For those households in C.B.S. that are still not serviced, the latest water tax hike may leave some wondering whether water and sewer is worth the cost. In addition to the water cost, these basic services translate into a higher property tax bill because the house and land are worth more in a serviced area.

The town needs to start exploring ways to reduce water costs because the flat fee per unit is just too expensive.

Residents should also refuse to accept that we have the lowest taxes in the region when our overall tax bill continues to climb because of water costs.  

Joan Butler is a lifelong resident

of Kelligrews, Conception Bay South. She can be reached by email at

Organizations: Environment Canada

Geographic location: C.B.S., Northeast Avalon, Newfoundland Conception Bay

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Recent comments

  • Jackie Barrett - Former Nova Scotian
    December 12, 2013 - 11:59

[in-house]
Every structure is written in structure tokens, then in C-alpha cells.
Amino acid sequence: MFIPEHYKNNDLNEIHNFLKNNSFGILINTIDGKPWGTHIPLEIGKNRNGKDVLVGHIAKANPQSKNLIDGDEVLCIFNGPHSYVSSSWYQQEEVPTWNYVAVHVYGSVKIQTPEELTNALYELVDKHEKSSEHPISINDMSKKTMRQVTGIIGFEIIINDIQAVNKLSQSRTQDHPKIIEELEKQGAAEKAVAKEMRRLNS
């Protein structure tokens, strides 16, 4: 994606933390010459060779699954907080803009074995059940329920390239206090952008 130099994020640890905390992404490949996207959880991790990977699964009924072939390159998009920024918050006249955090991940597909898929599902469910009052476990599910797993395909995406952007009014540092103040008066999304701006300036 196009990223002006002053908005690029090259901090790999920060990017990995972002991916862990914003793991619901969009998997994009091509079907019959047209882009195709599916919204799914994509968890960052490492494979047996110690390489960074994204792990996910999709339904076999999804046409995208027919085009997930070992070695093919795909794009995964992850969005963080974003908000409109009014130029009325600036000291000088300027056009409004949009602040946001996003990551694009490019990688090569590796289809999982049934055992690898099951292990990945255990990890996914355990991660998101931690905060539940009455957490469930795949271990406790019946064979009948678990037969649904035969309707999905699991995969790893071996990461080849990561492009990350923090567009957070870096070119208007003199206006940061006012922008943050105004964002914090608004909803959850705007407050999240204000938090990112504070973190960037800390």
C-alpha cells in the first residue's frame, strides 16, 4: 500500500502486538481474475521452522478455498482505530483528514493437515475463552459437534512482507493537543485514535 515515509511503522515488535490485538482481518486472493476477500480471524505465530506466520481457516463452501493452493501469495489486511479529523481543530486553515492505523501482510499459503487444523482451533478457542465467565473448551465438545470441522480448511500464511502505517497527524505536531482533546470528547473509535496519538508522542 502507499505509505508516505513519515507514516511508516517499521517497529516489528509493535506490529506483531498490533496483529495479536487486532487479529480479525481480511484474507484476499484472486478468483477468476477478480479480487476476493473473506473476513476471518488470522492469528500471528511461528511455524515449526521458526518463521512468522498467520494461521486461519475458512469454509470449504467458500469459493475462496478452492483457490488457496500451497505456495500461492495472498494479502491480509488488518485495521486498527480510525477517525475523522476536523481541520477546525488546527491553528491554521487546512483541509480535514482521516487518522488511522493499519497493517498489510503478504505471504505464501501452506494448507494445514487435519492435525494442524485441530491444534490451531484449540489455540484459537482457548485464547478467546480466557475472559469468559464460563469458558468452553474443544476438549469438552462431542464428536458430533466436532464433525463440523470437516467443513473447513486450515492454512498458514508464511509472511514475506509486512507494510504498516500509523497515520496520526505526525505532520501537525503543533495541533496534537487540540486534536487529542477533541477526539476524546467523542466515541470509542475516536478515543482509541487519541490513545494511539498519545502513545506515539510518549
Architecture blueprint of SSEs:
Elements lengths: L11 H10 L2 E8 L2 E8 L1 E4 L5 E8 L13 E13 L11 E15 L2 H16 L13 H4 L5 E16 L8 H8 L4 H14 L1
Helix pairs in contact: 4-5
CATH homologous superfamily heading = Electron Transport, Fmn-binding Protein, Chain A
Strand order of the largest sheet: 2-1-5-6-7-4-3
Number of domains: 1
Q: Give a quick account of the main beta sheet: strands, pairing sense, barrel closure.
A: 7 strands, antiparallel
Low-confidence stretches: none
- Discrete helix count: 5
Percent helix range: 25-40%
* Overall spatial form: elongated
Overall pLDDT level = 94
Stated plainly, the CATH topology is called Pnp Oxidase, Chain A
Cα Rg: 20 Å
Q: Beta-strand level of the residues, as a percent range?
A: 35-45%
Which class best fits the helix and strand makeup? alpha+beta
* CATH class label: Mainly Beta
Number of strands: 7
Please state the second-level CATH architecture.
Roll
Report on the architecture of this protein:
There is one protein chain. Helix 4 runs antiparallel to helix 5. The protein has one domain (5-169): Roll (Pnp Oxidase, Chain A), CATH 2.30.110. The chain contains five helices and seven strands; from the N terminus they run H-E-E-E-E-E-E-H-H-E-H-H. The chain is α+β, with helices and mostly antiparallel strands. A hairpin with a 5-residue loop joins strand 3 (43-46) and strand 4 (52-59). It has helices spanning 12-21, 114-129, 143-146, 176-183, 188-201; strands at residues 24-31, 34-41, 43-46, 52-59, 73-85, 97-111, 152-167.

The main reason why water rates are going out of control in many Newfoundland and Labrador towns are not only due to using flat annual rate charges, but also lack or regulatory control over this essential service. This lack of regulatory control and approval essentially gives every Newfoundland and Labrador community a license to excessively increase water rates anyway they want without consequences or sanctions from the government. The only way to stop towns like Conception Bay South (CBS) and Springdale from excessively increasing water rates at levels well above the national average annual inflation rate are to force these communities to get provincial government approval before being allowed to implement them. In fact, one province requires villages, towns, district, and regional municipalities along with their water commissions to get regulatory approval before raising water rates, and that is my home province, Nova Scotia. In the case of Nova Scotia, before a municipality is allowed to increase water rates, they have to apply for such increase before their regulatory body, the Utility and Review Board (herein referred to as UARB), and then go through a hearing involving the municipality and/or its water commissions and intervening parties. The UARB then decides whether or not the municipality gets approval to raise water rates; however, they usually won't get a full increase. Without regulations relating to water rates similar to Nova Scotia, Newfoundlanders and Labradorians will continue to pay the price for municipalities like CBS, Springdale, and points in between raising water rates excessively without thinking about the negative consequences on its residents and economy. Therefore, to prevent what's happening in CBS and other Newfoundland and Labrador towns and cities from happening again, their government agencies, particularly the Public Utilities Board, should start regulating water rates as well as requiring municipalities to seek permission before getting a rate increase pending a hearing similar to Nova Scotia's Utility and Review Board.